5. Put the phone in a silicate bag.
Silicate bags, these are the little bags that are included in shoe boxes, for example, and are actually meant to be thrown away. The small bags can absorb up to 40% of their own weight in moisture and are therefore ideally suited to draw the moisture out of your device. So don't throw them away - after use, you can dry them in the oven at 100° C and use them again.
6. Check the insurance.
Smartphone insurance policies are becoming increasingly popular and are often purchased at the time of purchase. If you have one, you should check if your smartphone insurance also covers water damage.
7. Alternative tip: open the device... But beware!
If you like to tinker and do things yourself, you can also open your device yourself. However, you should only do this if the warranty has already expired and you know what you are doing. If you're not comfortable with that, leave it to the experts, otherwise you'll cause even more damage.
What you should definitely not do in case of water damage
As so often, there are myths out there that can cause even more damage than the involuntary dive itself. These are the things you shouldn't do to your phone during an involuntary dive.
1. Use a hair dryer
Hairdryer air may be good for your hair, but it's not good for your device. Not only can the hot air damage the display, but the airflow will only spread the water further inside the device.
Shaking is also a bad idea. The water will spread even further inside the device.
It is true that rice removes moisture. However, not from highly complex smartphones. Moreover, what remains in the device after the withdrawal are the salts. And as we wrote above, salts are one of the biggest threats to the device's interior. In addition, grains of rice can block the charging port.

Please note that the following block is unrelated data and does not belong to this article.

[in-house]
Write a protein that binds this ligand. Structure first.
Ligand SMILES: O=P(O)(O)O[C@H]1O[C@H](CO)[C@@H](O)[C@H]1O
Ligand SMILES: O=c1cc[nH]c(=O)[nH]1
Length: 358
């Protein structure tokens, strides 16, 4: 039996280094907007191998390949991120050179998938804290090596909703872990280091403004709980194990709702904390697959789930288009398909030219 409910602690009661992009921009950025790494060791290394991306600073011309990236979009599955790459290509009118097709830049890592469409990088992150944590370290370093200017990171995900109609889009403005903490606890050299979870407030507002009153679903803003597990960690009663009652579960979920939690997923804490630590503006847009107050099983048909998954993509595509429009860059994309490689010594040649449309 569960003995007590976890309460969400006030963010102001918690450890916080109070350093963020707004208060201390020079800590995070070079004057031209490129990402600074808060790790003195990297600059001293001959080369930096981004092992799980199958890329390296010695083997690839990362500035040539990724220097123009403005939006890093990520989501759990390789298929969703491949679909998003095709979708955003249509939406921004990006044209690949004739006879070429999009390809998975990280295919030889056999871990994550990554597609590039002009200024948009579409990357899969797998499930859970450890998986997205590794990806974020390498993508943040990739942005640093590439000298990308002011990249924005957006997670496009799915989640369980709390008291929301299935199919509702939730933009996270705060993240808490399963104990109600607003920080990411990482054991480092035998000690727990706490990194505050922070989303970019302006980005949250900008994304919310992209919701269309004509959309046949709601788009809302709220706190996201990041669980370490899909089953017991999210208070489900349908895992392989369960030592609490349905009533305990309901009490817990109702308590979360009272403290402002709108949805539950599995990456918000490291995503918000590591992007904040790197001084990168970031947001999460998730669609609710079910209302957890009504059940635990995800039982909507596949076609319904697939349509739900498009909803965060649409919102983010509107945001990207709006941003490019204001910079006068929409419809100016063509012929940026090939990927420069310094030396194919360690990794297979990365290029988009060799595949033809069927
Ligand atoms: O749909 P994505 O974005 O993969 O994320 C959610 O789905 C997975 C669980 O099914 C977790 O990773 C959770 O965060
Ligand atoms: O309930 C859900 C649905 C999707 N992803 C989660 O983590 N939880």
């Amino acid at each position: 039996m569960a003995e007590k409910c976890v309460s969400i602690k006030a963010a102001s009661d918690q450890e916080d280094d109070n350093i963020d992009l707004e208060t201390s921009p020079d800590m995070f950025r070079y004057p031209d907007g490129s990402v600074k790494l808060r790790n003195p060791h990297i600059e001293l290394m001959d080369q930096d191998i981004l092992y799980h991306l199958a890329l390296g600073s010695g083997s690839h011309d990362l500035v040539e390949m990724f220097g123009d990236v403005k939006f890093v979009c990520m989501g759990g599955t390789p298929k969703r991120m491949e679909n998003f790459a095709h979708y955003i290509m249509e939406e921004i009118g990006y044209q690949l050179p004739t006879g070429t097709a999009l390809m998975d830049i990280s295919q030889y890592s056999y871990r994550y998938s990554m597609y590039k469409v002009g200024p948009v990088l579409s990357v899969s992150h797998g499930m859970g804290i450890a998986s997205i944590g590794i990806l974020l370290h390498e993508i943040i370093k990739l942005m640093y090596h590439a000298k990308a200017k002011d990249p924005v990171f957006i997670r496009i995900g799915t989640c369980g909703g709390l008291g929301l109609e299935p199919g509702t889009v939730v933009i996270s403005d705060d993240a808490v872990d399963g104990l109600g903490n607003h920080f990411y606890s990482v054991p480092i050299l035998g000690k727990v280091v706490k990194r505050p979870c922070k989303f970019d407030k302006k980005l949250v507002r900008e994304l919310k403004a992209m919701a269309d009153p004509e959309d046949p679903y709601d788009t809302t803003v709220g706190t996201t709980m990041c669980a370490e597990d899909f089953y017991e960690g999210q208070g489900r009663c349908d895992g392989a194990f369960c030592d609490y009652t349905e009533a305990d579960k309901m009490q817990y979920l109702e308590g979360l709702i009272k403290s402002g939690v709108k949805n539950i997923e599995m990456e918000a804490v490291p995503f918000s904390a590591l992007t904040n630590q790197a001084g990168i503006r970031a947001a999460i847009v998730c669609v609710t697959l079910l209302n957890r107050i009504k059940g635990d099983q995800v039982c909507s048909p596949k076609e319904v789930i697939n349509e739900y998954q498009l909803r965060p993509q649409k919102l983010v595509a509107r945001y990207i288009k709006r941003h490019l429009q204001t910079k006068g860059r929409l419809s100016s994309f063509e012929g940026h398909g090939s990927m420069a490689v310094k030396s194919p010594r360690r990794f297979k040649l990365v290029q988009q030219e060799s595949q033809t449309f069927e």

4. Cat litter
Cat litter is also often recommended as an alternative to rice. However, cat litter is usually very dusty and will therefore get stuck in hard-to-reach places. This does not have to be the case!
5. Oven or microwave
Under no circumstances should you put your phone in the oven or microwave to dry. There is a risk of fire and explosion! The heater is not a good place either.
6. Trust TikTok videos or "life hacks"
Don't blindly rely on TikTok or YouTube videos that present any "hacks" to get your phone dry. Just because the video got a lot of likes and it worked for them, doesn't mean it will work for you. Very often, the suggestions include content farms, which are companies that publish bad and often dangerous videos and make money out of them. In some circumstances, you'll only make the problem worse.
Conclusion: Water damage in a cell phone doesn't have to mean the end, but you have to act fast
Whether your cell phone will still work after a dive also depends a lot on luck - and on the model. Sometimes the phone survives it without a trace, sometimes it gets away with annoying but minimal damage. Non-functioning speakers are still better than a total loss of the entire device. But even if your smartphone is up and running again - take it to a cell phone repair shop anyway and have the inner workings checked. This way, you can enjoy your device even longer.
And if your cell phone is definitely gone, take a look at our Marketplace to find a used cell phone, or buy a smartphone with an exclusive subscription deal and all alao benefits: We will cancel your old contract, take your number with you free of charge, and provide you with advice and support.